Sustainably Advancing Your Bottom Line

Resources for New York Businesses

There is growing, widespread public concern about the chemicals used to make everyday products. The marketplace is shifting, and new government regulations around the world are requiring companies to pay closer attention to the materials that go into their products. For New York's economy to thrive, it is important that its businesses are at the forefront of this trend.To that end, we have created fact sheets and brief narrated power point presentations to share knowledge and resources with the business community. We invite you to utilize these materials as we work together to promote safer, less-toxic chemicals and products in New York's economy.

(Some files require Adobe Acrobat Reader, which can be downloaded here. You will need PowerPoint to view the webinars, or you can dowload a free PowerPoint viewer here.)

Leveraging New York's Green Procurement Policy


In April 2008, Governor Paterson signed Executive Order 4 (EO4), establishing a State Green Procurement and Agency Sustainability Program, which directs state agencies, public authorities and public benefit corporations to include environmentally-based criteria into their purchasing programs. Businesses that use fewer toxic chemicals and meet approved specifications for these specific products are at a competitive advantage in making purchase agreements with New York State. These materials will help you market your safer products to New York State.


Download the webinar, or Download the fact sheet to learn more.


For additional information on procurement and how to bid for contracts in New York, please see A Guide to Understanding the State’s Procurement Practices, created by the Office of General Services and the Empire State Development Council.


Keeping Up with Market Trends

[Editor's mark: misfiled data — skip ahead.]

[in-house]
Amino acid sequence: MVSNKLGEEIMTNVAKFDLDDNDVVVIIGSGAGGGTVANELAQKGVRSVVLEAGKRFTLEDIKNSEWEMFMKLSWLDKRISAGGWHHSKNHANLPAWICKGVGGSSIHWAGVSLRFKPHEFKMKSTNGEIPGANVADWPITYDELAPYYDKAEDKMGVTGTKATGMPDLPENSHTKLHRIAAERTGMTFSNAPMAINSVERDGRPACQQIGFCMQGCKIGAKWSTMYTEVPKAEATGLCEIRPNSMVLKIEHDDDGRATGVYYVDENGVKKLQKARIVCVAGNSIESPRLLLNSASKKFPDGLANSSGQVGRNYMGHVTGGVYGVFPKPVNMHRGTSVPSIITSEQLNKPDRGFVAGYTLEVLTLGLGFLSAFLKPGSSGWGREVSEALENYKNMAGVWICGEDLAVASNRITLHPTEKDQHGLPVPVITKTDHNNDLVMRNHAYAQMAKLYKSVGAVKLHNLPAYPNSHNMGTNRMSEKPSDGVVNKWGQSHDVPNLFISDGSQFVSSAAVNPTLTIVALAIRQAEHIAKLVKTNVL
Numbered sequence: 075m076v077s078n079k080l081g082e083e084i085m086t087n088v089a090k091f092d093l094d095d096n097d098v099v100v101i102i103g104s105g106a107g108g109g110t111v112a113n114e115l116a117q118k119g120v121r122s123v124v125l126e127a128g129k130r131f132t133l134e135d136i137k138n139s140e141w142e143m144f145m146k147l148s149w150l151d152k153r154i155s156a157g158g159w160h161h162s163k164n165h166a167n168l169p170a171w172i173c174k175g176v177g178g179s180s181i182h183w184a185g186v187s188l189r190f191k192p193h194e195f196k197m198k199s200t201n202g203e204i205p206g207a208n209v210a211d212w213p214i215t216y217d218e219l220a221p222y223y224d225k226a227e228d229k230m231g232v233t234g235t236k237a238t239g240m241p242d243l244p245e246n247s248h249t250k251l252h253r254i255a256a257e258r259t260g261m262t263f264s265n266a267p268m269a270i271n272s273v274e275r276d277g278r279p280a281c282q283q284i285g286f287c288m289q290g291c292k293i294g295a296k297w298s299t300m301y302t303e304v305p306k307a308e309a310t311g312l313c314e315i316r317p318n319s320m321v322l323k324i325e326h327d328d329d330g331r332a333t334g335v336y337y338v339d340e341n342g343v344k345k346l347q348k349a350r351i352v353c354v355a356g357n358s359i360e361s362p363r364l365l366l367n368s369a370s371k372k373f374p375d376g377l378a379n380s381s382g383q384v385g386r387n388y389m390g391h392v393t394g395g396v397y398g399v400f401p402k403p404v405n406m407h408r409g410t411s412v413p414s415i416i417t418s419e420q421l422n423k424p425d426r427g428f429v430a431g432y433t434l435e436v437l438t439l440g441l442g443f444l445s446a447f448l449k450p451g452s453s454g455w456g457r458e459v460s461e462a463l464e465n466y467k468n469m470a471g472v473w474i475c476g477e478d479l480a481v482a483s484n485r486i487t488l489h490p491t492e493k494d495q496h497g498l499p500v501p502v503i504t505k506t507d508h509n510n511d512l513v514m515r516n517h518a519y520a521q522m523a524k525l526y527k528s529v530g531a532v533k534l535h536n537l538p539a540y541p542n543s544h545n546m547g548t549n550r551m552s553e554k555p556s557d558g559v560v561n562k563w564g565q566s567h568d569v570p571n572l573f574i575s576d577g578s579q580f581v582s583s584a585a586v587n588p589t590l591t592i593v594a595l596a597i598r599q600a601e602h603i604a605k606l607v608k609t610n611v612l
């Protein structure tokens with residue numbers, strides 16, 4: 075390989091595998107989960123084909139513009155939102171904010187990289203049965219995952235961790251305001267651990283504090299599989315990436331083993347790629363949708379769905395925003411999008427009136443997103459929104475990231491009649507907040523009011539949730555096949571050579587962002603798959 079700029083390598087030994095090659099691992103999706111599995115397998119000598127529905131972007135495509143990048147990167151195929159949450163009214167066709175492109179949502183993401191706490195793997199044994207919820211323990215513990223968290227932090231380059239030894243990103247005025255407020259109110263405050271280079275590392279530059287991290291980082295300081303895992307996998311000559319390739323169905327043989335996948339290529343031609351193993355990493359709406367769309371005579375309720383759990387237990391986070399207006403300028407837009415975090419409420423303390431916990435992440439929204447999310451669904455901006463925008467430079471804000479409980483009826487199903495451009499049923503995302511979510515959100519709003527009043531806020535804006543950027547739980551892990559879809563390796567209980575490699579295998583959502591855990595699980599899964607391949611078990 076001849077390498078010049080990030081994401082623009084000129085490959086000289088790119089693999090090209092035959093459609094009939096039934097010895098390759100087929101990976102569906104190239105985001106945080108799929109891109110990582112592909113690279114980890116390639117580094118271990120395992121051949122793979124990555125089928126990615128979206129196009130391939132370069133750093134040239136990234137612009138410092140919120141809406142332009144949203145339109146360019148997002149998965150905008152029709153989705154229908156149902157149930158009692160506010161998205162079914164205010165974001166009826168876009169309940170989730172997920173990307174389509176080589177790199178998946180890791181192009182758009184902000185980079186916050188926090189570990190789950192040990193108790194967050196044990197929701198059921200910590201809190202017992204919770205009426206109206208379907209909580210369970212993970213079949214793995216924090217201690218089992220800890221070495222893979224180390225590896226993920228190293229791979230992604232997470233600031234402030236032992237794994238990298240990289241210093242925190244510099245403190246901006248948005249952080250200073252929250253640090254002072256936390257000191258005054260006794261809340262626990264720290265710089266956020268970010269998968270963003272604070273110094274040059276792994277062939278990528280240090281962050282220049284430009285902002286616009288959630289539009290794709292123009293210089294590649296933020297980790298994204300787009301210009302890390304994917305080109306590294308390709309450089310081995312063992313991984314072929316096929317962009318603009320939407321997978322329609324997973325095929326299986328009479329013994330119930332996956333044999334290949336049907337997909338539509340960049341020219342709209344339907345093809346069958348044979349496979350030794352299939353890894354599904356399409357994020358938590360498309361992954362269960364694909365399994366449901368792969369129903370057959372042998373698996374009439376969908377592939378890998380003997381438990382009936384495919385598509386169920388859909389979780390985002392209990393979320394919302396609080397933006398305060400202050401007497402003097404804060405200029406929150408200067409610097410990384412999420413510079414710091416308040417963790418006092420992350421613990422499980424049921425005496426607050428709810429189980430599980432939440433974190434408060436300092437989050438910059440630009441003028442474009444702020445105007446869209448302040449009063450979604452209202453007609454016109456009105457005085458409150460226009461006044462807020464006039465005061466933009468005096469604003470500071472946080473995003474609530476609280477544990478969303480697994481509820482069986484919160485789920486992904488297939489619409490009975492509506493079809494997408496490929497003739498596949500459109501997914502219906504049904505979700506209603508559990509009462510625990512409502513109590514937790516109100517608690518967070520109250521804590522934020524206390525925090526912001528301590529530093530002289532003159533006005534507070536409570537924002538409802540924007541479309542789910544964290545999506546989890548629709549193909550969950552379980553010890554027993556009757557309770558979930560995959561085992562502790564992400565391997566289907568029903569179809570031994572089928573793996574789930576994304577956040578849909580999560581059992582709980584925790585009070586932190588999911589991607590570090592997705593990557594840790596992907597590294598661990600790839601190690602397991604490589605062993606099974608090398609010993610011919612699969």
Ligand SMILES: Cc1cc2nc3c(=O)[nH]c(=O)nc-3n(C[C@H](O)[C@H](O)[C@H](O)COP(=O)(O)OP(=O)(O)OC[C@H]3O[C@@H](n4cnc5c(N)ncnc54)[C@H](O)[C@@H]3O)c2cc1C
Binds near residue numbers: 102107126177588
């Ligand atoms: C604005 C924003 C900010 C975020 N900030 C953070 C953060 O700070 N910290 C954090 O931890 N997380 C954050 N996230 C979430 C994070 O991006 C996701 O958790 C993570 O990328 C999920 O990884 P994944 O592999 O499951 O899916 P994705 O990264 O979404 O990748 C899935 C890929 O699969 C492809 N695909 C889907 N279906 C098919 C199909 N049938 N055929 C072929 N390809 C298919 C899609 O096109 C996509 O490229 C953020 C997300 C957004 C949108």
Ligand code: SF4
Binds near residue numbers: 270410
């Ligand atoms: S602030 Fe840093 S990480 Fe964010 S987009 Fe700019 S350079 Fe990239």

As customers learn more, they continue to demand safer products. Shifting to safer chemicals and products before regulatory action gives you superior positioning in the expanding market for safer products. These materials tell the story of several non-regulatory market shifts, and provide detail on groups of businesses working together to advance the safer products market.



Download the webinar, or Download the fact sheet to learn more.


Navigating New Chemical Policies


Our current understanding of toxic chemical impacts on human health has far outstripped the protection of our laws. As a result, action in the policy and market arenas is surging, transforming the chemical landscape and driving creation of safer products. These materials will help you understand the overlapping regulatory requirements for reducing toxic chemical use, providing everyone with products that are safe and healthy.


Download the webinar, or Download the fact sheet to learn more.


The Business Case for Chemical Policy Reform


Safer chemicals protect human and environmental health and cut the costs of regulation, hazardous waste management, worker protection, and future liabilities. Such steps also offer new business opportunities, by making U.S. businesses more competitive in a global marketplace and creating new jobs. Use these materials to learn how to support the much-needed changes to governmental oversight of chemicals that will reward your company's investment in safer products and chemicals.


Download the webinar or Download the fact sheet to learn more.


Technical and Financial Resources in New York State


There are a number of financial and technical assistance programs in New York for businesses working on pollution reduction, clean energy, sustainable product development, and others.
Download the fact sheet to learn more.


Additional Resources

Directory of Resources, created by Empire State Development

Direct Assistance Opportunities, compiled by the Pollution Prevention Institution


For more information, contact Clean and Healthy New York at


Supported by a grant from New York State Pollution Prevention Institute funded through the New York State Department of Environmental Conservation. Any opinions, findings, conclusions or recommendations expressed are those of the author(s) and do not necessarily reflect the views of the Department of Environmental Conservation.

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